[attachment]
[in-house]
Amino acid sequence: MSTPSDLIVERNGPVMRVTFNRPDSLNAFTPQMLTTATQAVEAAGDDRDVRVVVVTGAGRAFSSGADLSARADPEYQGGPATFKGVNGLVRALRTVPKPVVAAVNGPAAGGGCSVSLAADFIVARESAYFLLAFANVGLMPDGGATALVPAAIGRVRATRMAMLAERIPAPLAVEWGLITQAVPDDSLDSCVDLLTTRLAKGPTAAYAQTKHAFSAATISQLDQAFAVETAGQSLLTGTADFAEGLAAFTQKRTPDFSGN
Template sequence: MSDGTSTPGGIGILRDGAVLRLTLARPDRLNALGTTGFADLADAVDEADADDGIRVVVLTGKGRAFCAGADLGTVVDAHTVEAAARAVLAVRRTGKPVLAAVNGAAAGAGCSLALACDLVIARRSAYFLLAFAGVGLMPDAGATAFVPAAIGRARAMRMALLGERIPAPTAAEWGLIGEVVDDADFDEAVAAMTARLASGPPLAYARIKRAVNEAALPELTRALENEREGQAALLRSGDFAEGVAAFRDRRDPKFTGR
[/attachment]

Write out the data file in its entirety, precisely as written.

[in-house]
Amino acid sequence: MSTPSDLIVERNGPVMRVTFNRPDSLNAFTPQMLTTATQAVEAAGDDRDVRVVVVTGAGRAFSSGADLSARADPEYQGGPATFKGVNGLVRALRTVPKPVVAAVNGPAAGGGCSVSLAADFIVARESAYFLLAFANVGLMPDGGATALVPAAIGRVRATRMAMLAERIPAPLAVEWGLITQAVPDDSLDSCVDLLTTRLAKGPTAAYAQTKHAFSAATISQLDQAFAVETAGQSLLTGTADFAEGLAAFTQKRTPDFSGN
Template sequence: MSDGTSTPGGIGILRDGAVLRLTLARPDRLNALGTTGFADLADAVDEADADDGIRVVVLTGKGRAFCAGADLGTVVDAHTVEAAARAVLAVRRTGKPVLAAVNGAAAGAGCSLALACDLVIARRSAYFLLAFAGVGLMPDAGATAFVPAAIGRARAMRMALLGERIPAPTAAEWGLIGEVVDDADFDEAVAAMTARLASGPPLAYARIKRAVNEAALPELTRALENEREGQAALLRSGDFAEGVAAFRDRRDPKFTGR